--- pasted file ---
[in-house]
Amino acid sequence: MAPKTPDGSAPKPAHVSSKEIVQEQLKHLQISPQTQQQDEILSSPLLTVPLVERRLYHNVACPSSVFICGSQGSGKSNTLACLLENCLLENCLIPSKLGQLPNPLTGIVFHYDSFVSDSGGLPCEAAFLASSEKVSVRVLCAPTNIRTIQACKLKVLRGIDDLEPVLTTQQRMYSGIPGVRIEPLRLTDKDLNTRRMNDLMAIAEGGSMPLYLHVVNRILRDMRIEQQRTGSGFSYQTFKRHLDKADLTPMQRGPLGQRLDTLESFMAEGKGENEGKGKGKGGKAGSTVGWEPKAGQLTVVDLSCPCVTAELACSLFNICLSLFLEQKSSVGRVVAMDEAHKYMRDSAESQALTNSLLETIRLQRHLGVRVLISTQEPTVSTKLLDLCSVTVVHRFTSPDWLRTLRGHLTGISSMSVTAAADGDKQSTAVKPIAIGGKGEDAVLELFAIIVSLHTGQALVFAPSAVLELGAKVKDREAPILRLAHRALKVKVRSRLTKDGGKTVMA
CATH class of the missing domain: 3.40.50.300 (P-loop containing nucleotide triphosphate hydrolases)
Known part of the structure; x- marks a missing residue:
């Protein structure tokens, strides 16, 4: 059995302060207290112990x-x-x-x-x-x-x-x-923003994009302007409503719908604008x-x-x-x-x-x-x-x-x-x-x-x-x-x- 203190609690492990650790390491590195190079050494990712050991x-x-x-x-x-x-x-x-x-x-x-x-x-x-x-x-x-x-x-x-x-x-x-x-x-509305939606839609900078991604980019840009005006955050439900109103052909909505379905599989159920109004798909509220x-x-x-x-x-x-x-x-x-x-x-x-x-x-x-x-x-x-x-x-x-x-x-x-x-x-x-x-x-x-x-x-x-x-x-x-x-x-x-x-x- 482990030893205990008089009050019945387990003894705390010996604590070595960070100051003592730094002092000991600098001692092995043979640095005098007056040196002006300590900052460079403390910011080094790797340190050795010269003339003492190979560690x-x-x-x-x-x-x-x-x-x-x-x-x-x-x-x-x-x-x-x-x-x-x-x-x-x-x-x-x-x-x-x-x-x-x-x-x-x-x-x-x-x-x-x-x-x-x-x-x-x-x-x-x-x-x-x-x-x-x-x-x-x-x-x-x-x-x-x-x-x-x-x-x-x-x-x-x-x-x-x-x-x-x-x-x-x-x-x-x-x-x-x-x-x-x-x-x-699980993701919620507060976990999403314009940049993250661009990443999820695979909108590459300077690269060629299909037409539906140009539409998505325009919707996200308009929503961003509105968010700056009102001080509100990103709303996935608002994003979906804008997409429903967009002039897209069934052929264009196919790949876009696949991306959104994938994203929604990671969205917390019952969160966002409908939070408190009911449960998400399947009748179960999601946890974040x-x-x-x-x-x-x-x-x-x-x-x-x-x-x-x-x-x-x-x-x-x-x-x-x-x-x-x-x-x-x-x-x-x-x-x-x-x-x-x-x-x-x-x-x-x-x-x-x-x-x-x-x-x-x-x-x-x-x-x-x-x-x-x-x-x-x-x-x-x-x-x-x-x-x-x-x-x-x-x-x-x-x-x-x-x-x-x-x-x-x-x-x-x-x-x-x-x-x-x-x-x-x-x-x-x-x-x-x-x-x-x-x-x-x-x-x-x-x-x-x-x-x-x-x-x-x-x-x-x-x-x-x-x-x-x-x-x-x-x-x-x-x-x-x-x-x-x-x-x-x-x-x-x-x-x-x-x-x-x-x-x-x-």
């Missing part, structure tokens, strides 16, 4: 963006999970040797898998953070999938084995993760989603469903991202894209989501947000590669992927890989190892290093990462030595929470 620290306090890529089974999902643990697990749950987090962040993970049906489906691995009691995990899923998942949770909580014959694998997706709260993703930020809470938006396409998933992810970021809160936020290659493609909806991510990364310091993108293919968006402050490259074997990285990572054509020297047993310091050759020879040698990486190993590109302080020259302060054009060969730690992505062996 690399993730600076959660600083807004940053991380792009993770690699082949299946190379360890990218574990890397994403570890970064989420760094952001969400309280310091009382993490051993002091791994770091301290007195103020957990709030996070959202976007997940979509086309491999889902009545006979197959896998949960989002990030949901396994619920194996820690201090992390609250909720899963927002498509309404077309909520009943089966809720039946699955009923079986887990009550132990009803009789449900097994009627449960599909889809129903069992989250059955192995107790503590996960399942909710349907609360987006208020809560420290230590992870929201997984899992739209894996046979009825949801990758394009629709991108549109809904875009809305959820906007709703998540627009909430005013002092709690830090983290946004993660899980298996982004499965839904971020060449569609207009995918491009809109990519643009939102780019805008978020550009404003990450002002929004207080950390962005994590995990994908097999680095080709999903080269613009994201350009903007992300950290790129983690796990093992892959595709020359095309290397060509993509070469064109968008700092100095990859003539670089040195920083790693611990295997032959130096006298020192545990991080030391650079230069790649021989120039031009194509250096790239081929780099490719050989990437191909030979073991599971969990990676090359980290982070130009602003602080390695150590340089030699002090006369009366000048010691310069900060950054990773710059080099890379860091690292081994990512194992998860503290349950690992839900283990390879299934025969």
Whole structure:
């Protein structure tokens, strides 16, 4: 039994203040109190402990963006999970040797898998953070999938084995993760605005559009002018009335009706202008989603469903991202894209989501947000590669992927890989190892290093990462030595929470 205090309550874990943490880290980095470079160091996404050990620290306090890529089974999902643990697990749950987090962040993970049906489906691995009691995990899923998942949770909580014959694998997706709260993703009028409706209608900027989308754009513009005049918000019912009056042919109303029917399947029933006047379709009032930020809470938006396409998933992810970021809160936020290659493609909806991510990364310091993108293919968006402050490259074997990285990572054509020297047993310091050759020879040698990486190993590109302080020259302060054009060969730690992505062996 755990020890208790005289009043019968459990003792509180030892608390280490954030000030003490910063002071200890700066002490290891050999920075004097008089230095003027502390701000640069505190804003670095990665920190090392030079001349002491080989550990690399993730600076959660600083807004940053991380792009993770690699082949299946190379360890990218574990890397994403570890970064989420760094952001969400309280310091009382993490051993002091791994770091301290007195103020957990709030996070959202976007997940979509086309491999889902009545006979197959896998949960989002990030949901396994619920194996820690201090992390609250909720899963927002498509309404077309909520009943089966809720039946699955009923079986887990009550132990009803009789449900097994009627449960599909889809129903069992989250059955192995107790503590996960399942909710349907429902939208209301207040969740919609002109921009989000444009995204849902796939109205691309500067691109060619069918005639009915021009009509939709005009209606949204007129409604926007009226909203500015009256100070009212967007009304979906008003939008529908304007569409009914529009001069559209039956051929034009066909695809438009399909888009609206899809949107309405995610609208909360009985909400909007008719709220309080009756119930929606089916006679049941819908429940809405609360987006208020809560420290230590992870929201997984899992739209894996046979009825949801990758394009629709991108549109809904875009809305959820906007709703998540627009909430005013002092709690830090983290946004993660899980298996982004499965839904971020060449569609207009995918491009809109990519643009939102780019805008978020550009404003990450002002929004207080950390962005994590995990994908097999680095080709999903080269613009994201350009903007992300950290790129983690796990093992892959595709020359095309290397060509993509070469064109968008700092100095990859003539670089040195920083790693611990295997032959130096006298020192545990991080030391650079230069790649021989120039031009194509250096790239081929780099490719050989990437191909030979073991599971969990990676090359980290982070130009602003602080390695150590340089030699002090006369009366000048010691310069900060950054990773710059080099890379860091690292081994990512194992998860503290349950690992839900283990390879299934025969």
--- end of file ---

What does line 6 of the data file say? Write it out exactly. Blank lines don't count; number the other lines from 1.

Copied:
């Missing part, structure tokens, strides 16, 4: 963006999970040797898998953070999938084995993760989603469903991202894209989501947000590669992927890989190892290093990462030595929470 620290306090890529089974999902643990697990749950987090962040993970049906489906691995009691995990899923998942949770909580014959694998997706709260993703930020809470938006396409998933992810970021809160936020290659493609909806991510990364310091993108293919968006402050490259074997990285990572054509020297047993310091050759020879040698990486190993590109302080020259302060054009060969730690992505062996 690399993730600076959660600083807004940053991380792009993770690699082949299946190379360890990218574990890397994403570890970064989420760094952001969400309280310091009382993490051993002091791994770091301290007195103020957990709030996070959202976007997940979509086309491999889902009545006979197959896998949960989002990030949901396994619920194996820690201090992390609250909720899963927002498509309404077309909520009943089966809720039946699955009923079986887990009550132990009803009789449900097994009627449960599909889809129903069992989250059955192995107790503590996960399942909710349907609360987006208020809560420290230590992870929201997984899992739209894996046979009825949801990758394009629709991108549109809904875009809305959820906007709703998540627009909430005013002092709690830090983290946004993660899980298996982004499965839904971020060449569609207009995918491009809109990519643009939102780019805008978020550009404003990450002002929004207080950390962005994590995990994908097999680095080709999903080269613009994201350009903007992300950290790129983690796990093992892959595709020359095309290397060509993509070469064109968008700092100095990859003539670089040195920083790693611990295997032959130096006298020192545990991080030391650079230069790649021989120039031009194509250096790239081929780099490719050989990437191909030979073991599971969990990676090359980290982070130009602003602080390695150590340089030699002090006369009366000048010691310069900060950054990773710059080099890379860091690292081994990512194992998860503290349950690992839900283990390879299934025969």